REGIONALREPORT TriangleWakeMed seeks Rex merger for a kin graft
As hostile takeovers go, WakeMed Health & Hospital Inc.’s $750 million bid to buy Raleigh rival Rex Healthcare Inc. wouldn’t raise eyebrows on Wall Street, but it’s shocking in the once genteel realm of Tar Heel health care. “Hospitals usually merge out of weakness,” says Kevin Schulman, a physician and health-care economist at Duke University’s Fuqua School of Business. “You’d be hard-pressed to find another example of one strong not-for-profit trying to buy another strong not-for-profit.”
Buying Rex would allow his system to consolidate services that both offer, WakeMed CEO William Atkinson says. “We can make much wiser use of resources. That’s hard to do when we all feel like we have to be on the same street corner.” There’s more to it than that. WakeMed has been slow to grow through mergers and acquisitions, leaving it vulnerable to big health insurers and surrounded by competitors. Winston-Salem-based Novant Health Inc. wants to build a hospital in western Wake, Durham-based Duke University Health System Inc. is opening clinics and physician practices across the county, and state-owned Rex — UNC Health Care bought it in 2000 — has the upper hand in Raleigh, Atkinson says. But the biggest threat could be in Pitt County, where East Carolina Heart Institute Inc. opened two years ago. Sixty percent of WakeMed’s cardiac patients come from outside Wake County, most of them from eastern North Carolina.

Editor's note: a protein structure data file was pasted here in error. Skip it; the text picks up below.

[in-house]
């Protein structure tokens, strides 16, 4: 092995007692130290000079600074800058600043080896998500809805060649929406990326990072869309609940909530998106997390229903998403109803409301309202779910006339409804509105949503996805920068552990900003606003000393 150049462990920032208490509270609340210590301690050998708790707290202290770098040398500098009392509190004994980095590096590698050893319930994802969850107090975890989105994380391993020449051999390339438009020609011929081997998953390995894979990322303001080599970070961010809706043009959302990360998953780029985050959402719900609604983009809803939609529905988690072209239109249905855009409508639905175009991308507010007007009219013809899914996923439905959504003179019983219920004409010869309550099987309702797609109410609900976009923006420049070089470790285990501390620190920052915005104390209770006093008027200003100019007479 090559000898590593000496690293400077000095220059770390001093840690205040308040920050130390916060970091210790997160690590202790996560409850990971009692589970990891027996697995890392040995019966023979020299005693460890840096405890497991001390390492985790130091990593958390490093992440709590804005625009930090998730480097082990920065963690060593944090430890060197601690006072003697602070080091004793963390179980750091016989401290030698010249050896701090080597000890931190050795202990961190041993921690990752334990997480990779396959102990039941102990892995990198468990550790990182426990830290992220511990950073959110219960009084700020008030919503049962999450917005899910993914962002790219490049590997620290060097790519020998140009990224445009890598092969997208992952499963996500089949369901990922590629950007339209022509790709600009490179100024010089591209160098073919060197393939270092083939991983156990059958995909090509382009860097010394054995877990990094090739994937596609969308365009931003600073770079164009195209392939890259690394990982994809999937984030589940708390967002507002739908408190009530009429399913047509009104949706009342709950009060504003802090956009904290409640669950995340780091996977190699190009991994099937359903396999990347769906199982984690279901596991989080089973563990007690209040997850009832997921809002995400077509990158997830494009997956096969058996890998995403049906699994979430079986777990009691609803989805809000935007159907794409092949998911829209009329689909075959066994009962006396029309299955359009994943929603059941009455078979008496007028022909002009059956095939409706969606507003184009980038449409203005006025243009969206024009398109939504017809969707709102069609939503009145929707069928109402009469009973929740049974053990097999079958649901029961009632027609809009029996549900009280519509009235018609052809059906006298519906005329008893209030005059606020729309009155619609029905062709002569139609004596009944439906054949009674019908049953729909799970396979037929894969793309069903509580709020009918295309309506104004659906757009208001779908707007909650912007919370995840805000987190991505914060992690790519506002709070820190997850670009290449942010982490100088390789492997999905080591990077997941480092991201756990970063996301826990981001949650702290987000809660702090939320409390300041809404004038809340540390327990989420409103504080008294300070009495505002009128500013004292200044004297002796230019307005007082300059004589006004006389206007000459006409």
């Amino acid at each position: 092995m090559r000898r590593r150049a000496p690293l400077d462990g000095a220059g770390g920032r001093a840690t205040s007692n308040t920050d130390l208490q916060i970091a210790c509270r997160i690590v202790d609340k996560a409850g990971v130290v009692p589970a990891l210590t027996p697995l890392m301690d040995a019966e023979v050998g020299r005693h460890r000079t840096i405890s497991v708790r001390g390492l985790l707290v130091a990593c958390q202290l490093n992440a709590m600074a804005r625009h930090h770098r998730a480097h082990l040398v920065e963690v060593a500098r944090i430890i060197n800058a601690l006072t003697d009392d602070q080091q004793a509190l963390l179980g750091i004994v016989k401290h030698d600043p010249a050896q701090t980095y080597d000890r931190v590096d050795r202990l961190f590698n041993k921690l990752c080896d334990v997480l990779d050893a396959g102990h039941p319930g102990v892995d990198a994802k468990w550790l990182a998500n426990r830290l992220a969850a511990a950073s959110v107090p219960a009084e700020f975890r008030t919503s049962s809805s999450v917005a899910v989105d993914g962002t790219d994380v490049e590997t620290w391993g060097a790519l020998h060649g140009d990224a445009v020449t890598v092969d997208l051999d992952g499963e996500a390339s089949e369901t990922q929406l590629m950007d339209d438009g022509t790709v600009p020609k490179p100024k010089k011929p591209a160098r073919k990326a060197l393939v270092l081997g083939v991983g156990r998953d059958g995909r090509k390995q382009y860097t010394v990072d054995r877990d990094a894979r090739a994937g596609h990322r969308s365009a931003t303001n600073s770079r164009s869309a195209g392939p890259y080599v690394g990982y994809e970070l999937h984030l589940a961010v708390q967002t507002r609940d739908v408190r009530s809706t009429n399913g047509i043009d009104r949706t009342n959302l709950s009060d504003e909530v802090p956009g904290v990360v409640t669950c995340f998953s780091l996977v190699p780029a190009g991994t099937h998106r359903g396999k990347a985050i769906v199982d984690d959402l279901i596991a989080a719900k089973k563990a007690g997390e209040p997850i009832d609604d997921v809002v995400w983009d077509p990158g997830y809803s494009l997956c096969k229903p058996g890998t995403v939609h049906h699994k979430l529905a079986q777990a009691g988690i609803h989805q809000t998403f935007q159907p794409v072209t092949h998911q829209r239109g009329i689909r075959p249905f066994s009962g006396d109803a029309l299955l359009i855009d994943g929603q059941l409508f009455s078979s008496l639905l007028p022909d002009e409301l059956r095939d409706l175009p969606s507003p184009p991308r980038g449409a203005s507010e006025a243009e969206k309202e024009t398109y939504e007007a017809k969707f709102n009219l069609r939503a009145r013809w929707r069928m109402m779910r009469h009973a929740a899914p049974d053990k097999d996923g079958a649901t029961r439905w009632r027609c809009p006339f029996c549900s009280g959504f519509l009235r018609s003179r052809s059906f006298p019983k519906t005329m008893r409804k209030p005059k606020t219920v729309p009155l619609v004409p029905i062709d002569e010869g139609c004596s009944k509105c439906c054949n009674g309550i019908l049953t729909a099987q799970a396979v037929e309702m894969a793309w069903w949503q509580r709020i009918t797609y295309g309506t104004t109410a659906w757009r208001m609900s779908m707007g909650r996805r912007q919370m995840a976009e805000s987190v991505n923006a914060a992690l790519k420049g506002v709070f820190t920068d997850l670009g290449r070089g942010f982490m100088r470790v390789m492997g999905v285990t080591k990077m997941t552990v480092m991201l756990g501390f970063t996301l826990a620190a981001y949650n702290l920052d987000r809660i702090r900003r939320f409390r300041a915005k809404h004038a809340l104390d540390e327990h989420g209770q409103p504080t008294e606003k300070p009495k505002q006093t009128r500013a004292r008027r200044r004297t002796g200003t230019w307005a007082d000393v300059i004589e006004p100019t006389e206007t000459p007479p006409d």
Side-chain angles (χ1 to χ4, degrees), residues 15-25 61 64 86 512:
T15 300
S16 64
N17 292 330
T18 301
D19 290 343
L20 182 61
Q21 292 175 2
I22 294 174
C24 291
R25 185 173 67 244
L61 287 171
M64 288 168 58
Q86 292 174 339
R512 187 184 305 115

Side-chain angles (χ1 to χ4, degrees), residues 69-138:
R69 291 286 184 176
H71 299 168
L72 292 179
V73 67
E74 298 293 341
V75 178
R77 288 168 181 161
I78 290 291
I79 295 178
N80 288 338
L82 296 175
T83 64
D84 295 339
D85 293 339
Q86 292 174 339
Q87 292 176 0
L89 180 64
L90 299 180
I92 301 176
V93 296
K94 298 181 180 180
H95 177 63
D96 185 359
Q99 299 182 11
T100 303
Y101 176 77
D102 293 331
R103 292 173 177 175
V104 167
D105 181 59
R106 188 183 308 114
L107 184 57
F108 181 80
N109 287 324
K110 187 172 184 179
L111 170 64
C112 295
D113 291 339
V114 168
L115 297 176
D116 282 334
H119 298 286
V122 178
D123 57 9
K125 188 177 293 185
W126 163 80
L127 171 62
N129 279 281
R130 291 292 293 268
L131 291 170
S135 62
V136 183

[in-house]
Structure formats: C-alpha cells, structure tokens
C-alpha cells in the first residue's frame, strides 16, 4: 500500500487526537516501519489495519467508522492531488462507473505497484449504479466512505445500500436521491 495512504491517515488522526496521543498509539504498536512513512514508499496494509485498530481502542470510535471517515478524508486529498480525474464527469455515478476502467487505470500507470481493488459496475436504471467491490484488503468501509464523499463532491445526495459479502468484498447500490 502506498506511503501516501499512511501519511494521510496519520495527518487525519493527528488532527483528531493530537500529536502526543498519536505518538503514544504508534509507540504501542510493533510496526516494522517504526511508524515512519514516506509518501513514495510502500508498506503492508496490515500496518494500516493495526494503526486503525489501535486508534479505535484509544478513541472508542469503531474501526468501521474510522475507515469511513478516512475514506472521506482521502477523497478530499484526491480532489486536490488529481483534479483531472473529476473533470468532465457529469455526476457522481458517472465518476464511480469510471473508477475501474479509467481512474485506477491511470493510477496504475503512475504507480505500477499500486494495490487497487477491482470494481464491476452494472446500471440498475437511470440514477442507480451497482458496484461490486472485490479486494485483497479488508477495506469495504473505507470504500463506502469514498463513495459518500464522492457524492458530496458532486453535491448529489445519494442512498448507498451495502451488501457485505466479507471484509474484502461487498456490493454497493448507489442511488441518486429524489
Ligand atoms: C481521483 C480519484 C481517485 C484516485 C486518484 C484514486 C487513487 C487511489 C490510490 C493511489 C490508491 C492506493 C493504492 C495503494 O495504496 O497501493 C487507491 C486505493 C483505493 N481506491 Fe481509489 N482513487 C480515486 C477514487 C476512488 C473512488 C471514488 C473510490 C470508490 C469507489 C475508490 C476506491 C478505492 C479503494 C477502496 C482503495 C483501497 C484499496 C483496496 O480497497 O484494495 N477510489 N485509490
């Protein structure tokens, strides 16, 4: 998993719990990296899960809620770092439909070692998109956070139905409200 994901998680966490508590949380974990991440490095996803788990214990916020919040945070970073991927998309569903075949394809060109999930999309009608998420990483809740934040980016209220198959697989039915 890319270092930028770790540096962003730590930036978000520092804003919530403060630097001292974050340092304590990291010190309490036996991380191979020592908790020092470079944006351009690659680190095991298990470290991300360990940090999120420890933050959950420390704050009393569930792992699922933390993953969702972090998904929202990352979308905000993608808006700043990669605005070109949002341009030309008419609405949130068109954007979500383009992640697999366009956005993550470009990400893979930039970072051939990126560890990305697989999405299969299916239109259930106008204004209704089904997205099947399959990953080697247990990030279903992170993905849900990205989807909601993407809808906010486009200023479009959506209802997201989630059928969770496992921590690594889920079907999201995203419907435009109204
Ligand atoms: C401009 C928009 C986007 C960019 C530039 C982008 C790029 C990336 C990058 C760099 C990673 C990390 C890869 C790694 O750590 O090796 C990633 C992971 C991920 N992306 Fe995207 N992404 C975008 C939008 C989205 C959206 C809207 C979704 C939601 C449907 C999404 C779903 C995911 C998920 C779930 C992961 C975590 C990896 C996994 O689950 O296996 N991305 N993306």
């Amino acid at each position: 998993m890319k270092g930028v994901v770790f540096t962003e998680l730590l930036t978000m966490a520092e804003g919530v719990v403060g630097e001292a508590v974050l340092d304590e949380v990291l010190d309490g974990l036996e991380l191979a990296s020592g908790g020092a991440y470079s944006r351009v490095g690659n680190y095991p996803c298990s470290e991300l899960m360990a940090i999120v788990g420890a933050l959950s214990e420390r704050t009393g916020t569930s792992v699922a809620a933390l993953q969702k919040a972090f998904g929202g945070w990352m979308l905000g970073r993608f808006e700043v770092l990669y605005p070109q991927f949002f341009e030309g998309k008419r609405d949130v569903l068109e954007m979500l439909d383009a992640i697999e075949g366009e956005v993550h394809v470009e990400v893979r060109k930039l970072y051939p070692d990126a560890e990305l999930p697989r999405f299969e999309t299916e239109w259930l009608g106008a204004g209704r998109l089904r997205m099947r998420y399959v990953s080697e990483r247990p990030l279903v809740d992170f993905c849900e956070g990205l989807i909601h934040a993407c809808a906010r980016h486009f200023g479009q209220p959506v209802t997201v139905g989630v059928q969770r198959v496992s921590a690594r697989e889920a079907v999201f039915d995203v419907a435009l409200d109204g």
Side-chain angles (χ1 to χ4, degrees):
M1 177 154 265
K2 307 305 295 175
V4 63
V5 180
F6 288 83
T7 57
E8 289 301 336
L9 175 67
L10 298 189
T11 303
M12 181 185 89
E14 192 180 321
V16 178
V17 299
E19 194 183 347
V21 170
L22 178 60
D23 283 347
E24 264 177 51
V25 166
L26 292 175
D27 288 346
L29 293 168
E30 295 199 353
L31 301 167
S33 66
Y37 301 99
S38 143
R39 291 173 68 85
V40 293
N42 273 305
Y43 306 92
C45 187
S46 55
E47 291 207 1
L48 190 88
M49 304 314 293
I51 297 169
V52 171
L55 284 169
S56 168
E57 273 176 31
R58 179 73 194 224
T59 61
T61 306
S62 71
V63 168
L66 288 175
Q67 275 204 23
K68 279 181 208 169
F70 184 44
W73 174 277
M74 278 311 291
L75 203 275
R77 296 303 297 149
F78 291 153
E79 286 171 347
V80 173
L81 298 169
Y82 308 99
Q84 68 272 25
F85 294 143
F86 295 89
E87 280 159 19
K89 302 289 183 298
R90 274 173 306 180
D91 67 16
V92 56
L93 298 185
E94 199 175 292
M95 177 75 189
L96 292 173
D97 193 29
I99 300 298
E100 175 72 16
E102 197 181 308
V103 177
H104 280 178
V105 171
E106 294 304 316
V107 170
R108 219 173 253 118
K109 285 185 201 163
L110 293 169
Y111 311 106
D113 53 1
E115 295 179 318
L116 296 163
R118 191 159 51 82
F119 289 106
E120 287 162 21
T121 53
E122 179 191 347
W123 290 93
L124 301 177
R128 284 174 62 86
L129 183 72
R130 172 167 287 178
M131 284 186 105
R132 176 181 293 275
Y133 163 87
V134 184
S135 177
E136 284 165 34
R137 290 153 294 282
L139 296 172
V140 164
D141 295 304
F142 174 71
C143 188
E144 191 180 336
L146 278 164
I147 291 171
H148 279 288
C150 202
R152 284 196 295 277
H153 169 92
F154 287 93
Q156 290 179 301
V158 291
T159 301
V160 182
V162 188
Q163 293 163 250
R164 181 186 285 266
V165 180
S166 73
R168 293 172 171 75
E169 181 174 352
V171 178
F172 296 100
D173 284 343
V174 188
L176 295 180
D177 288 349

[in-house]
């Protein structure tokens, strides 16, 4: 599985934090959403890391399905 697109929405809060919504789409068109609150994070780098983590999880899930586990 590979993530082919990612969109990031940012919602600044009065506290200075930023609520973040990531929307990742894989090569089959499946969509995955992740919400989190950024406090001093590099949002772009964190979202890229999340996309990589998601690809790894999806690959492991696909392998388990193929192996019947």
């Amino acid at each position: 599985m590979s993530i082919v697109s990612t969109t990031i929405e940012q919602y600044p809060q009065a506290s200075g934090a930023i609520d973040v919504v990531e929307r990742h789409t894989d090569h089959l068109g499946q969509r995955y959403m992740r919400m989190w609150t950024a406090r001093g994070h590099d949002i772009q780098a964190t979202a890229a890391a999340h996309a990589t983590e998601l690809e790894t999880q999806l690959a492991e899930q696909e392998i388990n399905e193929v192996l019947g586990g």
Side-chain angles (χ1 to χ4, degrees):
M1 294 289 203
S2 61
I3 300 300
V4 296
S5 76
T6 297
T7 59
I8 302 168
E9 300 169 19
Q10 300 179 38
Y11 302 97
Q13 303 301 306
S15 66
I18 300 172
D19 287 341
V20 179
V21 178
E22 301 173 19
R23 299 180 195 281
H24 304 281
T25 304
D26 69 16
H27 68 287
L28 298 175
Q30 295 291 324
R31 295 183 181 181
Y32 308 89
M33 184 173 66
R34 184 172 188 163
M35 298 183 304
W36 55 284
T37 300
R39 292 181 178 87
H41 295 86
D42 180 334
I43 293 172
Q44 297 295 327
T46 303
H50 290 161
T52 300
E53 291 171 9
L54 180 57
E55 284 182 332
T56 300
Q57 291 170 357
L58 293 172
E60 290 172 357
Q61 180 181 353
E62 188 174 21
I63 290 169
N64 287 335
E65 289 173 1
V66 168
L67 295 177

Skeptics question if buying Rex is a smart first step into the consolidation game. WakeMed is banking that the state budget gap will force the university system to take its offer, but $750 million won’t fill that hole. WakeMed, Atkinson says, also would pay Rex’s outstanding debt, possibly pushing the tab to more than $950 million. As Schulman says, “You would be paying a whole lot to literally do nothing more than change management at Rex. They’re not offering to build a new facility or provide new services.” Ultimately, patients would get the bill. Would the buyout benefit them? Schulman’s answer: “No.”
Rex isn’t for sale, UNC Health Care spokeswoman Jennifer James says, though the system has a fiduciary responsibility to evaluate the offer. Referring to the health-care system’s flagship — 783-bed UNC Hospitals in Chapel Hill — she adds: “Without Rex, we’re just a big, huge hospital in a small town.” In a letter to Atkinson, Thomas Ross, president of the state university system, wrote that UNC Health Care’s board of directors determined that the bid didn’t specify important sale conditions, such as the source of WakeMed’s financing. He asked for answers by June 17 or would “assume the offer is not a serious one and will deem it withdrawn.”